|By Maureen O'Gara||
|September 24, 2012 07:00 AM EDT||
Please, God, let this work - even if it's not completely impenetrable, it sounds better than what we've got as we know from the Chinese.
"It" is widgetry called vSentry from a UK start-up called Bromium that promises to put an end to malware - at least in the enterprise. Bromium is too young to deal with consumers yet.
It will work initially on (presumably clean) 64-bit Windows 7 PCs using Internet Explorer 8 and 9. Later it will be moved to Intel-based Macs and other browsers. Presumably Bromium will prioritize ARM devices somehow and Windows 8 boxes will likely be supported when the enterprise actually starts deploying them.
What is does is use a lightweight second-generation species of virtualization the Bromium boys call a Microvisor to create a disposable virtual machine around every task you do on a PC - click on a URL, open a document or e-mail attachment, or a file on a thumb drive - anything can reportedly run in a Micro-VM provided the PC is based on one of the Intel Core i3, i5, or i7 processors that make what's called hardware-enforced isolation possible. And that's because of Intel's Virtualization Technology (VT).
Users won't even know vSentry and its Micro-VMs are there - at least that's what its creators say.
The virtual machine cages any undetectable malware you might happen upon in a poisoned e-mail or malicious site, gives it something harmless to play with to let it think it's doing its job, and kills it when the VM is killed.
Micro-VMs are automatically discarded when an untrusted task is completed. The Intel hardware nips in the bud any move by a task in a Micro-VM to access trusted files or resources like the network, file system, clipboard and printing, handing control over to the Microvisor to see if it's legit.
The evil malware can't leak into the rest of the machine and can't leak into the enterprise or the mobile devices connected to the corporate network. And it doesn't matter what the malware is or whether it's known or not.
vSentry protects desktops that haven't been patched (not a great safeguard anyway). Users are free to download apps, collaborate, access cloud-hosted programs and the web, and open unsafe documents and media without risking enterprise's data or infrastructure.
See, the hardware virtualization guarantees that the VMs are isolated from the operating system and each other, and enterprise assets are protected by restricting the ability of each Micro-virtual machine to access data, networks and other system resources. To penetrate, the malware would have to break Intel's hardware, which is supposed to be way harder than compromising software.
The widgetry is also supposed to provide in-depth forensic capabilities to determine the intent of the attack without risk of exposure and identify the vectors, targets and methods of new attacks in real-time.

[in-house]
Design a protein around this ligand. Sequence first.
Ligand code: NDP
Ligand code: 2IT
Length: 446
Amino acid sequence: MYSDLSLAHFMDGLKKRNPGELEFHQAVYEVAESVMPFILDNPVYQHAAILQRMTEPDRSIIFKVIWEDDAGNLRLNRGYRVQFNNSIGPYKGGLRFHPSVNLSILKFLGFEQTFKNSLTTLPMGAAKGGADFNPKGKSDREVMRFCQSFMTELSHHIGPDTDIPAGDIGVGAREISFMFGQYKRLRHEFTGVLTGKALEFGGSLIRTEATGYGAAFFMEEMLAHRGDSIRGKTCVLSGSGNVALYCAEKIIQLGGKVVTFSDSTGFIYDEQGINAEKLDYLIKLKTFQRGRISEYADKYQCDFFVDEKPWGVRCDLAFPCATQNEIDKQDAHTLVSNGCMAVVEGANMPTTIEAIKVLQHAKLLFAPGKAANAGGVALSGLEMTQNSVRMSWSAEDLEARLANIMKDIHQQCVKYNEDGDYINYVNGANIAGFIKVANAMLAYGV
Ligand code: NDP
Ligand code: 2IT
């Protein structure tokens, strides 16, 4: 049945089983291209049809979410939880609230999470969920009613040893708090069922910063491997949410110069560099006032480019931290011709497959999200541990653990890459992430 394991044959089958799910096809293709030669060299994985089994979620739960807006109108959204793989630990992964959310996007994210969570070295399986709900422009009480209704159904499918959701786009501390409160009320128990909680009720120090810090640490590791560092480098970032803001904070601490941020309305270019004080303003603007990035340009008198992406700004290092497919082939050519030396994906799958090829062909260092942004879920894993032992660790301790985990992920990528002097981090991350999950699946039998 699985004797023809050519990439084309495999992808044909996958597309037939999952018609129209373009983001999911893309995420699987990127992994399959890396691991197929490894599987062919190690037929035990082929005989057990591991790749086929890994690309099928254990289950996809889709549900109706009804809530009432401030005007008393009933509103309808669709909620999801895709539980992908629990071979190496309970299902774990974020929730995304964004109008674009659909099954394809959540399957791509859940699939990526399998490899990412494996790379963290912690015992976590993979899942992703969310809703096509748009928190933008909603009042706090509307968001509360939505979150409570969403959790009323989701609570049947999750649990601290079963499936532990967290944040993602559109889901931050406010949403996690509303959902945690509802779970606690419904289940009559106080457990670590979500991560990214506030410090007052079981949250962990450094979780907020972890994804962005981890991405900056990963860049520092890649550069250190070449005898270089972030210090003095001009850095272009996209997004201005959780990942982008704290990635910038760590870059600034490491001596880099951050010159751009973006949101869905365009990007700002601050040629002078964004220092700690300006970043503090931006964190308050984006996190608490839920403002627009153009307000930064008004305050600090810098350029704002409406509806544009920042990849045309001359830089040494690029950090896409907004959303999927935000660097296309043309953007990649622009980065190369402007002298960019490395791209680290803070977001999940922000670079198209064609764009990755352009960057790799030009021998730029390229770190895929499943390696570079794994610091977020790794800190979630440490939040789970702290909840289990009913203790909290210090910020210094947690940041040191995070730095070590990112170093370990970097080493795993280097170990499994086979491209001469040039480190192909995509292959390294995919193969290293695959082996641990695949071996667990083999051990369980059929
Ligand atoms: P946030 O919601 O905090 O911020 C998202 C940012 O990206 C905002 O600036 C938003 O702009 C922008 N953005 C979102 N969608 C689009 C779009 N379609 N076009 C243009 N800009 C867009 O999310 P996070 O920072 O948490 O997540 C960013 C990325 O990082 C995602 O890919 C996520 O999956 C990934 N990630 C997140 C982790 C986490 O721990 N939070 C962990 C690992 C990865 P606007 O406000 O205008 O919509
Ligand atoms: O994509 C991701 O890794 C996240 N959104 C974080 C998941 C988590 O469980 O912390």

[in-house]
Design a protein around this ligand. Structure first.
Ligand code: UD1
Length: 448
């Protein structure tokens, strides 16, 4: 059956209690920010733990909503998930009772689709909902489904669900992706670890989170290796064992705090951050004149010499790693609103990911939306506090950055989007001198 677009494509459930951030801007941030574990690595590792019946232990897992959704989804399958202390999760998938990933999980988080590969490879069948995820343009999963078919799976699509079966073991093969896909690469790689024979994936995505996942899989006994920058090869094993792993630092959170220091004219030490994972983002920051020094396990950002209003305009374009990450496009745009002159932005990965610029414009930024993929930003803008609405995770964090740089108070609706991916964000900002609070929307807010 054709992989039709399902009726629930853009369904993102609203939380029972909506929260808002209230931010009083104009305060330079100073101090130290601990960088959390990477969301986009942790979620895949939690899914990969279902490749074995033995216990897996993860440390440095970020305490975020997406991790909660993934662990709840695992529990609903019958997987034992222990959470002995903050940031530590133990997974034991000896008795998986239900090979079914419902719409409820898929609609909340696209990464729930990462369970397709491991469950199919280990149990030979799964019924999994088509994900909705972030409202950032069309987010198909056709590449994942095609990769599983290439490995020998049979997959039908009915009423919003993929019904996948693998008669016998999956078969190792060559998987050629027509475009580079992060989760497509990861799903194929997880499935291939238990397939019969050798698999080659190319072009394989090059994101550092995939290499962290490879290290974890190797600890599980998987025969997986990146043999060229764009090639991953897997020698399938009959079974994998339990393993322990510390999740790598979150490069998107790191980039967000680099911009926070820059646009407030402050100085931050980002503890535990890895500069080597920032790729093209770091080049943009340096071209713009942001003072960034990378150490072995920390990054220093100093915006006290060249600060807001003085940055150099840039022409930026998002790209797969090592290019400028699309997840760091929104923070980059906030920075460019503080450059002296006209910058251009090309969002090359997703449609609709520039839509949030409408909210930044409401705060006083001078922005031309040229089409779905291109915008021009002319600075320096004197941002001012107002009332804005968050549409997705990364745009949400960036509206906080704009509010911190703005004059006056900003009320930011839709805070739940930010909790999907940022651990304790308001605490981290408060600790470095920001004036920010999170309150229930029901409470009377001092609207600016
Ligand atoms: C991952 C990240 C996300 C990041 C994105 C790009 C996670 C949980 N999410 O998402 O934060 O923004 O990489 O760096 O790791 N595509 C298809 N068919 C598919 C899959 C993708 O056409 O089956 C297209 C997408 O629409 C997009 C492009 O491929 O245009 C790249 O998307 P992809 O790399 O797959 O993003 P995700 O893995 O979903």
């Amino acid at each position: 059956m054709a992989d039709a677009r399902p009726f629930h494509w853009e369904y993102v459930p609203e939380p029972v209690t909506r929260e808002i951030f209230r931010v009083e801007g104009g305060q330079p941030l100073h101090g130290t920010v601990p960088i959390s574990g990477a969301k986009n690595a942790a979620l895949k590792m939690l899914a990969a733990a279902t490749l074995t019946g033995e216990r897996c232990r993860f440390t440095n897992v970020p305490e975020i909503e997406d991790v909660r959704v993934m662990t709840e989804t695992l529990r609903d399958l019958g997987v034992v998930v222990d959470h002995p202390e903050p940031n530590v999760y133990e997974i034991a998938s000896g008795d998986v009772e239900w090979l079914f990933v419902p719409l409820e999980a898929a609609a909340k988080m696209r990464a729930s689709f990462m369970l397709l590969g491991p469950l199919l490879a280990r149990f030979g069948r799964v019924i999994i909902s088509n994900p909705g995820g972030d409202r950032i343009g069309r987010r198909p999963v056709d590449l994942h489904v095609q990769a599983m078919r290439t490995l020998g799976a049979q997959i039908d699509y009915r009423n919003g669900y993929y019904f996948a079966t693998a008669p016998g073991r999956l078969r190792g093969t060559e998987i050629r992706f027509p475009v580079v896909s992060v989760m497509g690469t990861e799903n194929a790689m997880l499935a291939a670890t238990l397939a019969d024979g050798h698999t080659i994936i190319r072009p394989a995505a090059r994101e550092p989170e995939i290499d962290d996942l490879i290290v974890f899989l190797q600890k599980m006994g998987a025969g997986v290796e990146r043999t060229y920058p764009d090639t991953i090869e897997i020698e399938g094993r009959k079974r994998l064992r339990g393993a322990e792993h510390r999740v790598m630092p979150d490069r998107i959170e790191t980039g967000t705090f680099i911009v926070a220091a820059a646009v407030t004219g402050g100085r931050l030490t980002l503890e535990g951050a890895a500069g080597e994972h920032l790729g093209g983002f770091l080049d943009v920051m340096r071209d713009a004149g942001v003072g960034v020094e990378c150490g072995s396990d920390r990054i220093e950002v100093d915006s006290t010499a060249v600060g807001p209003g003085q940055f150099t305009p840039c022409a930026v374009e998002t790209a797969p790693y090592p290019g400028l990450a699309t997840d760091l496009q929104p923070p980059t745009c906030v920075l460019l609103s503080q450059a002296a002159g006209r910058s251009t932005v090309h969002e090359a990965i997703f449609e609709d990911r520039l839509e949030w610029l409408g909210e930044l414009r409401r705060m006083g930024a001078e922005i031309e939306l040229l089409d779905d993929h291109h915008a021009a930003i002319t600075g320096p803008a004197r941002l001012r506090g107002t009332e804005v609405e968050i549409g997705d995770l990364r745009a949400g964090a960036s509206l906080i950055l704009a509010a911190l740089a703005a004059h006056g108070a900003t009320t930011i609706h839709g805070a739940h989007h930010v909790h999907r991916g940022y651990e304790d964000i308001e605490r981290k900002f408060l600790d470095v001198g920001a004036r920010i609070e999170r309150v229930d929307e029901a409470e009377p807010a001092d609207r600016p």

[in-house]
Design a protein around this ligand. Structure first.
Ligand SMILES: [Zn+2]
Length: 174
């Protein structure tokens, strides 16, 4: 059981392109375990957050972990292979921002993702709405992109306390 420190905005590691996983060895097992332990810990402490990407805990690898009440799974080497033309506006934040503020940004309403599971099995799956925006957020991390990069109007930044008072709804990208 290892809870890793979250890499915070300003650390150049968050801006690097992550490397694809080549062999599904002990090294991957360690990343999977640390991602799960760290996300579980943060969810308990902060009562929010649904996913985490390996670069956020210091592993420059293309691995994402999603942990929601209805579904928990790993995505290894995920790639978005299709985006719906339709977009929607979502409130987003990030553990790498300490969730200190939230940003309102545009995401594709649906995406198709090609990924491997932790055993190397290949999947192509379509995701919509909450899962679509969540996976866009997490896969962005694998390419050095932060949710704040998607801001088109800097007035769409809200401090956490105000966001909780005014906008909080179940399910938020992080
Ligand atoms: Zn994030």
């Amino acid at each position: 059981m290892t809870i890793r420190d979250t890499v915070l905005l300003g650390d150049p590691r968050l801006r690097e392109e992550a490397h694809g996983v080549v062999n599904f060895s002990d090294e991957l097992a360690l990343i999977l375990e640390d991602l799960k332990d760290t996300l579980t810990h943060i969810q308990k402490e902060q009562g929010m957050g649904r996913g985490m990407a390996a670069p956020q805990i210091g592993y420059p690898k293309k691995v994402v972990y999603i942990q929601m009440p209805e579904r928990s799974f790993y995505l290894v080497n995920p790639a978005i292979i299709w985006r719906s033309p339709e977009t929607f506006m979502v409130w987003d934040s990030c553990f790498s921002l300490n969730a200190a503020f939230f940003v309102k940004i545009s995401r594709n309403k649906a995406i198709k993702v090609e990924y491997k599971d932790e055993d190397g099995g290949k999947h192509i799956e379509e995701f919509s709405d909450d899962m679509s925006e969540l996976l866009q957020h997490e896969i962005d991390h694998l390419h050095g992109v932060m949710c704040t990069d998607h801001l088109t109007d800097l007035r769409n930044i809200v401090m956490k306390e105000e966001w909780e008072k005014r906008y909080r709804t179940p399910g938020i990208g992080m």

Bromium calls this Live Attack Visualization and Analysis (LAVA), and says vSentry automatically generates signatures for new attacks that legacy detection-centric tools can neither identify nor block.
It lets the malware do what it wants to do - fooling it with fakes - so it can be fully analyzed. vSentry then uploads the data to security software from, say, Symantec, McAfee or Trend Micro to identify.
vSentry, which is configured through Active Directory, debuted Wednesday at a Gartner Security & Risk Management Summit in London and Gartner fixes the value of the market it's headed for at $17.7 billion last year.
However, the Wall Street Journal says Bromium's beta customers told the company they saw the widgetry as additive to old-fashioned endpoint (albeit easily compromised) security and that may translate into a cost hurdle.
vSentry is supposed to be licensed per-user, enterprise-wide, and priced according to volume. What those prices are exactly isn't clear. Maybe a few hundred dollars a head.
The boys who created this stuff are Simon Crosby, Ian Pratt and Gaurav Banga. Crosby and Pratt created the open source Xen virtualization project - Amazon uses Xen - and sold XenSource, the company that commercialized it, to Citrix for $500 million in 2007. Pratt worked with Intel on the virtualization support in its chips. Banga was CTO at Phoenix Technologies, the BIOS outfit.
Banga is now CEO of Bromium, Crosby is CTO and Pratt is SVP, products.
Bromium has raised $35.7 million in two rounds from Highland Capital, Andreessen Horowitz, Ignition, Lightspeed and Intel Capital which apparently see micro-virtualization as having the potential to be a disruptive change in information and infrastructure protection.
Business Insider said Bromium is doing for security what VMware did for servers.